Jenkins is by far one of my favorite continuous integration systems of all time. I’ve used it since I was working on development back in the seventh and eighth grade, and it’s always been an easy way to assemble, test, and deploy any applications. I’ve continued using it as my go to continuous integration system for my Android projects as well.
However, when building Android applications, there is a caveat to note when deploying a Jenkins build environment for your project. As Android applications depend on the Android SDK to build the actual project, the Jenkins environment must have access to the SDK or the build will fail. This might be easy to do if your Jenkins deployment and development environment are on the same machine, but becomes difficult if your Jenkins installation is on a remote server or simply just stored inside of a Docker container.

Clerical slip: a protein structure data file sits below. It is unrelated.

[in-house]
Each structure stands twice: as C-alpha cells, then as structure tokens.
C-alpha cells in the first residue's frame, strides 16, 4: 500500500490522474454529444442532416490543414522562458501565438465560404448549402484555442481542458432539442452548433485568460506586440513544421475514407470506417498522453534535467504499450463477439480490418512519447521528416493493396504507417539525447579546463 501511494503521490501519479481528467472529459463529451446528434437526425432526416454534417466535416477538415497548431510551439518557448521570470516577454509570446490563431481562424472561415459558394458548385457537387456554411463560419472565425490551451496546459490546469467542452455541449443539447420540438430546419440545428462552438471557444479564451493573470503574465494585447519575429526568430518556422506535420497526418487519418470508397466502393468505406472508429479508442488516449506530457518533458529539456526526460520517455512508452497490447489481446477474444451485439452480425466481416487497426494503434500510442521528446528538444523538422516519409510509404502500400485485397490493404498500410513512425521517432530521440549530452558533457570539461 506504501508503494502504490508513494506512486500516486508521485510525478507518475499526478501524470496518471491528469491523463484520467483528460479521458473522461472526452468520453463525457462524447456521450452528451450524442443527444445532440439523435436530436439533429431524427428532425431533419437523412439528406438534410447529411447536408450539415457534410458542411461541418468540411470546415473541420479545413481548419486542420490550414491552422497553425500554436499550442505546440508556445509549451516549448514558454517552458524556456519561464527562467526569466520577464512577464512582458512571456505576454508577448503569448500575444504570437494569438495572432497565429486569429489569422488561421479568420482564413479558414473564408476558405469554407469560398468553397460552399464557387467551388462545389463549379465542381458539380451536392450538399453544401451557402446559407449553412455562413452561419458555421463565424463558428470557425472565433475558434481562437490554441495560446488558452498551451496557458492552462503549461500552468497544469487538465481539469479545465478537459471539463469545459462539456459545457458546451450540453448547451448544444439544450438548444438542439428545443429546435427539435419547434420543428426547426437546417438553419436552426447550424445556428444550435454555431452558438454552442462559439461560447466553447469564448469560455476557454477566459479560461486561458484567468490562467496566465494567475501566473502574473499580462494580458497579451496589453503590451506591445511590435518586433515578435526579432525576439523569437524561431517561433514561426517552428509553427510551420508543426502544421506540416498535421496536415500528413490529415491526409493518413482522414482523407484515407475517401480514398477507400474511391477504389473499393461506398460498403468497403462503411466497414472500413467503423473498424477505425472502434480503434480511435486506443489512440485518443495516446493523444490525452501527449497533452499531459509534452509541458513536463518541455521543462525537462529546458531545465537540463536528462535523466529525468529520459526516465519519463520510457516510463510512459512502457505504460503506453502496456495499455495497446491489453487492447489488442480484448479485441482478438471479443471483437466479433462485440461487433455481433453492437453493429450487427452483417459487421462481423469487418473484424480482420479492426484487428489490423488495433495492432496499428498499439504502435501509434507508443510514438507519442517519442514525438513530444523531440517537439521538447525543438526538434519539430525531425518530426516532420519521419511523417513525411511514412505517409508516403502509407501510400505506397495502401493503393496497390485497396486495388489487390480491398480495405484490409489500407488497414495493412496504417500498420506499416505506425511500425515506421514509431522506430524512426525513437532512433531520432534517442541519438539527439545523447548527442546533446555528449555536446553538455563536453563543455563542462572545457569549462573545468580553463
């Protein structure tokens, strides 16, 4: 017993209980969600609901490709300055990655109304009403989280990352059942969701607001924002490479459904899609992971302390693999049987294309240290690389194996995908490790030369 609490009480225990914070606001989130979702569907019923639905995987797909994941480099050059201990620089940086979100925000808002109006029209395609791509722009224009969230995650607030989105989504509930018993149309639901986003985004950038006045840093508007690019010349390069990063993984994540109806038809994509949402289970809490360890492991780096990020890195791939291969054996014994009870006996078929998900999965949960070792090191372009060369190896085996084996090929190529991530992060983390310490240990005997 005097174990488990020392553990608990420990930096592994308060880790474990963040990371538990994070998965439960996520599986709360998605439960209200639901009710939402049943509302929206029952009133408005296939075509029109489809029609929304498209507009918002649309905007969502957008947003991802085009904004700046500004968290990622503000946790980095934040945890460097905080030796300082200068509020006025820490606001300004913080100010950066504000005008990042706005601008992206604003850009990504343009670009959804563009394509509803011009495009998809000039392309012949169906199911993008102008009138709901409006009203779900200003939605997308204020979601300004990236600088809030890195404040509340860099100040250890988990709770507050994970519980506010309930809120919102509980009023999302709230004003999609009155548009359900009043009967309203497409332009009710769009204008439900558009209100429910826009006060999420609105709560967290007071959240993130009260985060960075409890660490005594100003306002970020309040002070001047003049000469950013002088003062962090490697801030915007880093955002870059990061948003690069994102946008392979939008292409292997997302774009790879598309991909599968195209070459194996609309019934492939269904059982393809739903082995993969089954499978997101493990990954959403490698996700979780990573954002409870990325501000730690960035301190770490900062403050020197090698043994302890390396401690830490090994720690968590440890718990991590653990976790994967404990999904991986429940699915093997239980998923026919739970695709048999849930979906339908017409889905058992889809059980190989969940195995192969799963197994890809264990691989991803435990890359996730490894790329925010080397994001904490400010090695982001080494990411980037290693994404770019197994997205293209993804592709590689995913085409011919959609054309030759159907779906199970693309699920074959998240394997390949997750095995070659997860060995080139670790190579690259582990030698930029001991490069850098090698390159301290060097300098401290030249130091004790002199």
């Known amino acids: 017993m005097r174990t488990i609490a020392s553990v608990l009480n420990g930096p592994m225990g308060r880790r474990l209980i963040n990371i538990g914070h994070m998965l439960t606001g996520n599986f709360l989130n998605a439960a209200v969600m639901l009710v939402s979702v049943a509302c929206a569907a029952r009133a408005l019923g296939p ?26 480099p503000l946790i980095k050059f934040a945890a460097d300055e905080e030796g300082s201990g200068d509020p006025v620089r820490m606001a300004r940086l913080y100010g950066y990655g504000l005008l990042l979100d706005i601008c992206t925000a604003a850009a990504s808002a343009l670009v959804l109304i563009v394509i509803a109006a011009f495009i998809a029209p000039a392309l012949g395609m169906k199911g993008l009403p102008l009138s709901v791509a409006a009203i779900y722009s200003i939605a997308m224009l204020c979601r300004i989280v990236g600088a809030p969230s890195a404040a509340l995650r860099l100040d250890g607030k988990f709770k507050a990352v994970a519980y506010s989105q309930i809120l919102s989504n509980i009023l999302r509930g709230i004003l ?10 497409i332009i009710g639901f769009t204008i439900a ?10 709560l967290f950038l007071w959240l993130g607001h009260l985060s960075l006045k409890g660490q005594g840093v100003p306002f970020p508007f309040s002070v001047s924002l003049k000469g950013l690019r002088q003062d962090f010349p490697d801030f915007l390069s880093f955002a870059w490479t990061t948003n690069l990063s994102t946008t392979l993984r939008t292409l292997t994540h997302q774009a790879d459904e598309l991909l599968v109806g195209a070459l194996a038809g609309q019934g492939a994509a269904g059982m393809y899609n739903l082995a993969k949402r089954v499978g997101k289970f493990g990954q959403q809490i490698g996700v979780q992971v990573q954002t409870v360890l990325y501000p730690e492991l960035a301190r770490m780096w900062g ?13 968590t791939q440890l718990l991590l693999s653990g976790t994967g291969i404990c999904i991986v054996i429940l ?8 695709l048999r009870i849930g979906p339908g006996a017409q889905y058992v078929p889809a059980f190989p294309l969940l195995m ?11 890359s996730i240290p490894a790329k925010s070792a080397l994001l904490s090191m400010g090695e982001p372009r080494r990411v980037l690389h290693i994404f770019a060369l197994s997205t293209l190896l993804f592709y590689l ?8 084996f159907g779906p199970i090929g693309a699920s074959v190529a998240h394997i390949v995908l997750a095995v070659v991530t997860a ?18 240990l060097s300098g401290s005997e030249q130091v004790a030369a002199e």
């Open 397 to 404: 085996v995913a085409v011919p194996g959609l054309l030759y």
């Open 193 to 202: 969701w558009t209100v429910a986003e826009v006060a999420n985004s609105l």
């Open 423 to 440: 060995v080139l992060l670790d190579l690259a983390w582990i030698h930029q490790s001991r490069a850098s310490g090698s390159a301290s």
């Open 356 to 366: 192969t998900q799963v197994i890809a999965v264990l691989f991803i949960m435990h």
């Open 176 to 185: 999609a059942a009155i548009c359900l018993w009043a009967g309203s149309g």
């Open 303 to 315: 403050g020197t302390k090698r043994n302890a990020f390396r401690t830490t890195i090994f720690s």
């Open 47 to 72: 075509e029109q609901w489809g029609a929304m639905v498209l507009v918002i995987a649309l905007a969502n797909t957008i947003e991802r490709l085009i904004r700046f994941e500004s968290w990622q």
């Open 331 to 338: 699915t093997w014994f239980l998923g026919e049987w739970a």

Gradle will attempt to automatically download the SDK, but there is an important reason why this generally fails: the license has not been accepted. The Android SDK installation has a folder called
licenses that contains a file titled
android-sdk-license with a random string inside. This seemingly random string is Android Studio’s way of indicating that the licensing terms for an SDK package have been accepted and that it’s ready for downloading. Since we can’t guess the download string, we’ll have to copy an existing
licenses folder from our development environment into the container.
To set this environment up properly, add an environment variable in the Jenkins configuration called
ANDROID_HOME which points to the directory where you want to store your SDK. Create that folder, and under that folder, paste your
licenses folder from your existing SDK setup. Once this is done, you can run any Gradle steps necessary for the compilation of your application, with Gradle automatically taking care of downloading any necessary SDK dependencies.